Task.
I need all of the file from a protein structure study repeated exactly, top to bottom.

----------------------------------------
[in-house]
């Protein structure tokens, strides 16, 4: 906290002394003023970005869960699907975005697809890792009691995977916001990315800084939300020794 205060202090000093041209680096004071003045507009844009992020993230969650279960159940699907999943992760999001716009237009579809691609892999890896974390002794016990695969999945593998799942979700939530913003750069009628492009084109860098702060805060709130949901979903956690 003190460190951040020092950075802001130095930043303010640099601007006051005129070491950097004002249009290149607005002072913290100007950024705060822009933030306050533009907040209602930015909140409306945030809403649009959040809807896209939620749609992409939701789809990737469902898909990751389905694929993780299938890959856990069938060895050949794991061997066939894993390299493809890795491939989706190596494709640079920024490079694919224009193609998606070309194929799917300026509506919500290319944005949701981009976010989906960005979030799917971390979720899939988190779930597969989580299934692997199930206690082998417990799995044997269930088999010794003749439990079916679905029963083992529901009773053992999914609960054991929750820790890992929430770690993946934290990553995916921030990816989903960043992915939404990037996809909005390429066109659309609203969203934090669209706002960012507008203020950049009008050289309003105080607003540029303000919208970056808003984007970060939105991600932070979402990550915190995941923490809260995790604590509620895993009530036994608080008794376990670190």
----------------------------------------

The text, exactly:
[in-house]
């Protein structure tokens, strides 16, 4: 906290002394003023970005869960699907975005697809890792009691995977916001990315800084939300020794 205060202090000093041209680096004071003045507009844009992020993230969650279960159940699907999943992760999001716009237009579809691609892999890896974390002794016990695969999945593998799942979700939530913003750069009628492009084109860098702060805060709130949901979903956690 003190460190951040020092950075802001130095930043303010640099601007006051005129070491950097004002249009290149607005002072913290100007950024705060822009933030306050533009907040209602930015909140409306945030809403649009959040809807896209939620749609992409939701789809990737469902898909990751389905694929993780299938890959856990069938060895050949794991061997066939894993390299493809890795491939989706190596494709640079920024490079694919224009193609998606070309194929799917300026509506919500290319944005949701981009976010989906960005979030799917971390979720899939988190779930597969989580299934692997199930206690082998417990799995044997269930088999010794003749439990079916679905029963083992529901009773053992999914609960054991929750820790890992929430770690993946934290990553995916921030990816989903960043992915939404990037996809909005390429066109659309609203969203934090669209706002960012507008203020950049009008050289309003105080607003540029303000919208970056808003984007970060939105991600932070979402990550915190995941923490809260995790604590509620895993009530036994608080008794376990670190």